Investigation of CeTi2O6- and CaZrTi2O7-containing glass–ceramic composite materials
PublisherNRC Research Press
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Glass–ceramic composite materials are being investigated for numerous applications (i.e., textile, energy storage, nuclear waste immobilization applications, etc.) due to the chemical durability and flexibility of these materials. Borosilicate and Fe–Al–borosilicate glass–ceramic composites containing brannerite (CeTi2O6) or zirconolite (CaZrTi2O7) crystallites were synthe- sized at different annealing temperatures. The objective of this study was to understand the interaction of brannerite or zirconolite-type crystallites within the glass matrix and to investigate how the local structure of these composite materials changed with changing synthesis conditions. Powder X-ray diffraction (XRD) and Backscattered electron (BSE) microprobe images have been used to study how the ceramic crystallites dispersed in the glass matrix. X-ray absorption near edge spectros- copy (XANES) spectra were also collected from all glass–ceramic composite materials. Examination of Ti K-, Ce L3-, Zr K-, Si L2,3-, Fe K-, and Al L2,3-edge XANES spectra from the glass–ceramic composites have shown that the annealing temperature, glass composition, and the loading of the ceramic crystallites in the glass matrix can affect the local environment of the glass–ceramic composite materials. A comparison of the glass–ceramic composites containing brannerite or zirconolite crystallites has shown that similar changes in the long range and local structure of these composite materials occur when the synthesis conditions to form these materials or the composition are changed.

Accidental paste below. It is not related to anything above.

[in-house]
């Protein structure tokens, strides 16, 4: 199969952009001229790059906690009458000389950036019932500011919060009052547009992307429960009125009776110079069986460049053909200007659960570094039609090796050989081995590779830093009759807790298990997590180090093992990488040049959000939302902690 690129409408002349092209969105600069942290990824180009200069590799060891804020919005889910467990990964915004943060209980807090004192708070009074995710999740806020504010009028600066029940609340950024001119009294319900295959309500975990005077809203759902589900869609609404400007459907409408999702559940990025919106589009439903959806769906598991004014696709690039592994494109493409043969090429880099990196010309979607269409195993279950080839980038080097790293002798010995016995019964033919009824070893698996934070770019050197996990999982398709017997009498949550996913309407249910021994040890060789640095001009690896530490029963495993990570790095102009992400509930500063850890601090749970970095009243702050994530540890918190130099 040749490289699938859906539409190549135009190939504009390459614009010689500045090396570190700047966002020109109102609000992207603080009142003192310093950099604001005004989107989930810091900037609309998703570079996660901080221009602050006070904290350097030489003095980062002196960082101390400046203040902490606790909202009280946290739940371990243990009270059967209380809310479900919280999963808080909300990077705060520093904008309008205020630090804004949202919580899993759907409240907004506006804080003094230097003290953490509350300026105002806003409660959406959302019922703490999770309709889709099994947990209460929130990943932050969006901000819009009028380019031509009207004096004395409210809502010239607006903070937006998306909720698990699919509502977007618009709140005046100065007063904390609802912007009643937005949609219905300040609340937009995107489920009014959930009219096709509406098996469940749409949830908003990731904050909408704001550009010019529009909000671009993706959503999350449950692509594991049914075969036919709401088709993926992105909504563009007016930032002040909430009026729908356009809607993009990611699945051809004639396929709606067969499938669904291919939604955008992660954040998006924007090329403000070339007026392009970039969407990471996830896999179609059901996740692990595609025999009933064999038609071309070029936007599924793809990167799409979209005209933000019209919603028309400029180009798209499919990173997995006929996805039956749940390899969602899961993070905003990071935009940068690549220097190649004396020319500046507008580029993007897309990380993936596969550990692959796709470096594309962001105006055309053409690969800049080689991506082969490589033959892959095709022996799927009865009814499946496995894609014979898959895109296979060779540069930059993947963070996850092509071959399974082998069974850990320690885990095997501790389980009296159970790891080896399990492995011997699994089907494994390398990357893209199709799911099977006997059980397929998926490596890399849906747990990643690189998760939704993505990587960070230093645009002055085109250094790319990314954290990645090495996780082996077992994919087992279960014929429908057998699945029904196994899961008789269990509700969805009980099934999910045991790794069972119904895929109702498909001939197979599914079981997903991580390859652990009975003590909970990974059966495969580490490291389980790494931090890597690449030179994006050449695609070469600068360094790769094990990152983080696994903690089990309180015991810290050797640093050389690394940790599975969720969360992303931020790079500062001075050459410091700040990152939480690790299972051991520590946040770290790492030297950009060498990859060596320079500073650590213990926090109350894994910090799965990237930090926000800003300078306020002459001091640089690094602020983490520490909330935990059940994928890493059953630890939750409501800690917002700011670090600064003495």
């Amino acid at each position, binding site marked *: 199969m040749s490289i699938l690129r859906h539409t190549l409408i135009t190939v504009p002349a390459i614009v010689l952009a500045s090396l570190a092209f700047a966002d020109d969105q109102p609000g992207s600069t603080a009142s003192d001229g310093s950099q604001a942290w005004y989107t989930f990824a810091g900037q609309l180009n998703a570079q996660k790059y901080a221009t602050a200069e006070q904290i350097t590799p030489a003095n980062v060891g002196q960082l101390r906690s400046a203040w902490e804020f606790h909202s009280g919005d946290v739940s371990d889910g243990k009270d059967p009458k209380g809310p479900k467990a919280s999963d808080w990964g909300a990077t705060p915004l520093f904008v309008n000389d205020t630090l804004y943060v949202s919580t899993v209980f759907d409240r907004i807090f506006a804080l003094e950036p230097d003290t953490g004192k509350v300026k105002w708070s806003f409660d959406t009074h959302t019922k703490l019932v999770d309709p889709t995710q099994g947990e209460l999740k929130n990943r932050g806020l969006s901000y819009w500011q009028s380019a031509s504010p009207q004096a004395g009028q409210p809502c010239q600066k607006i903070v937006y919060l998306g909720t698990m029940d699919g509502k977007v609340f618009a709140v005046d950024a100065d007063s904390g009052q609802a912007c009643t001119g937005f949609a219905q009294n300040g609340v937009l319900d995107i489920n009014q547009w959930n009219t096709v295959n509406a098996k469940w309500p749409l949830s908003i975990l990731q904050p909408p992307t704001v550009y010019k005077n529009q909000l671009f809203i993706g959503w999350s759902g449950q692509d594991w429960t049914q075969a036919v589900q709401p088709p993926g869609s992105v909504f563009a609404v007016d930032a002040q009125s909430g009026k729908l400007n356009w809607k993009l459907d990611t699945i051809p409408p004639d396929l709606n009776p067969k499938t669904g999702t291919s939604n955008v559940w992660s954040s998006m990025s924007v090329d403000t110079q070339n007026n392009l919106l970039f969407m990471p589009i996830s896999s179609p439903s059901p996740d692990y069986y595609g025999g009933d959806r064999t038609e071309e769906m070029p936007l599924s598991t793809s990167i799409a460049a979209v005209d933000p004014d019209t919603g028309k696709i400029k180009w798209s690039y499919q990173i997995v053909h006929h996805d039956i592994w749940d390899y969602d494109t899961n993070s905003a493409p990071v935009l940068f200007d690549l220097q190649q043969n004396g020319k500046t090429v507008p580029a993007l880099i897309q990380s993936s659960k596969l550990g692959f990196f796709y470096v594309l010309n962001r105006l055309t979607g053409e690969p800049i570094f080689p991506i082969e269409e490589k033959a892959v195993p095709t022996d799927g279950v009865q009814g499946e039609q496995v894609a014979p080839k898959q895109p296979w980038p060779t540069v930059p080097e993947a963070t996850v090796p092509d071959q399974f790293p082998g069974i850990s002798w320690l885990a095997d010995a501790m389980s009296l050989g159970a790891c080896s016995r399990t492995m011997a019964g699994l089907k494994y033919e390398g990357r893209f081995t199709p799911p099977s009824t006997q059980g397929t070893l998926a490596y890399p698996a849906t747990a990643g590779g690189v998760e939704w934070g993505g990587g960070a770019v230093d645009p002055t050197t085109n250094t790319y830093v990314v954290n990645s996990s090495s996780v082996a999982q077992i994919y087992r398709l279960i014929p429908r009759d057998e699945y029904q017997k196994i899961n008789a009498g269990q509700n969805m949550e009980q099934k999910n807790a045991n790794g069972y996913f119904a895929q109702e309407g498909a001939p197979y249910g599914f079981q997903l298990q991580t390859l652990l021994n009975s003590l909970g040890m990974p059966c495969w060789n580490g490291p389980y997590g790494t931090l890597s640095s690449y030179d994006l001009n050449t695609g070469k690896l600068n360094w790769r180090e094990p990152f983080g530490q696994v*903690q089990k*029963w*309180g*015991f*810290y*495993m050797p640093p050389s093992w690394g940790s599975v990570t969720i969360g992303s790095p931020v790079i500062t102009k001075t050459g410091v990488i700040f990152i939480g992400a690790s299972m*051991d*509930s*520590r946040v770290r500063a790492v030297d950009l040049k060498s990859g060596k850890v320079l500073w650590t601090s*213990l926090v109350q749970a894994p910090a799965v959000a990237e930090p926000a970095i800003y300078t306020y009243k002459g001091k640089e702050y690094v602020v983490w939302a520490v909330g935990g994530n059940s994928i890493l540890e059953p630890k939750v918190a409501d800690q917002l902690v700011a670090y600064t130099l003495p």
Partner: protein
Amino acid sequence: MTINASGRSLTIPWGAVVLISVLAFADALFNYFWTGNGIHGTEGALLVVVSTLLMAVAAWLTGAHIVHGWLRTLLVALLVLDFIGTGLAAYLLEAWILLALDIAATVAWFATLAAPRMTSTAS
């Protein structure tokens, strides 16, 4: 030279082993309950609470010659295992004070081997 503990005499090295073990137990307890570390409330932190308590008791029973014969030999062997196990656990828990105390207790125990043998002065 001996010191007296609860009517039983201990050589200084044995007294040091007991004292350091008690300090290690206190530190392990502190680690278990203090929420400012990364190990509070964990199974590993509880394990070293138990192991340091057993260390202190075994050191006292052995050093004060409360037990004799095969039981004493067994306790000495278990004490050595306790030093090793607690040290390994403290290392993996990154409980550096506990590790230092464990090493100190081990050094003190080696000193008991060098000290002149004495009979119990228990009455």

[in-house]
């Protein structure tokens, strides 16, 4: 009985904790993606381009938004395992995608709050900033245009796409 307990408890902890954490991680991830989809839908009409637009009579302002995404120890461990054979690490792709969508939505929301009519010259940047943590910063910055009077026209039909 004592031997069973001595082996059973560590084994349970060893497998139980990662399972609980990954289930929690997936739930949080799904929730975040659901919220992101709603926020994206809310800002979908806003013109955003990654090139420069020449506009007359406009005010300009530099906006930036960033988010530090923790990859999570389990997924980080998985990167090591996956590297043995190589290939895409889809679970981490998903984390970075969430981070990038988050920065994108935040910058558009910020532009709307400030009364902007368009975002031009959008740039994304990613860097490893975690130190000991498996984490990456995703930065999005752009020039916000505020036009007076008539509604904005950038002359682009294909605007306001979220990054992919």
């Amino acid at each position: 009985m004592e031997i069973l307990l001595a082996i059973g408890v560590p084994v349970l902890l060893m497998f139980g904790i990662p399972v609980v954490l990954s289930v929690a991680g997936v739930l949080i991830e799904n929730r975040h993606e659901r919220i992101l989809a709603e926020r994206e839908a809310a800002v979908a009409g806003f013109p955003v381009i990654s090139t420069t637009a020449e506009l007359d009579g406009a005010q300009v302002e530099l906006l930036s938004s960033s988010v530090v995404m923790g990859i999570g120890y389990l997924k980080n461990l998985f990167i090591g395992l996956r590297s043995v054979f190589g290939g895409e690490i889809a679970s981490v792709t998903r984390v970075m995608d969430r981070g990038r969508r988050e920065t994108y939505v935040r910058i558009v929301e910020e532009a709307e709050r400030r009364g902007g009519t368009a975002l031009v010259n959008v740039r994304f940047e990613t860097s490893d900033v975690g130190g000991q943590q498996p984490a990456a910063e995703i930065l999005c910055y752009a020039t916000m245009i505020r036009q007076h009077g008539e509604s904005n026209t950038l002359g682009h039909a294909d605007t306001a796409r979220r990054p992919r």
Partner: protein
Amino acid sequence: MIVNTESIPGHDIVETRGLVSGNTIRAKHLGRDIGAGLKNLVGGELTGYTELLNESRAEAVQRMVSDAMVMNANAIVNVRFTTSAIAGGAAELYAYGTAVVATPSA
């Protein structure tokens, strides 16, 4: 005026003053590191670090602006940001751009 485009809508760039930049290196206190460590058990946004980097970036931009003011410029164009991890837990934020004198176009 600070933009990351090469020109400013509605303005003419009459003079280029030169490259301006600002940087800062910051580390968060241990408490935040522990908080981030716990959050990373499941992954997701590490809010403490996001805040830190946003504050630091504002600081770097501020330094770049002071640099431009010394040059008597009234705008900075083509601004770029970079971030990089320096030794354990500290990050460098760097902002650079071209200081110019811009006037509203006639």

CitationCan. J. Chem. 95: 1110–1121 (2017)
glass–ceramic composite materials
nuclear waste immobilization applications
borosilicate and Fe–Al–borosilicate glass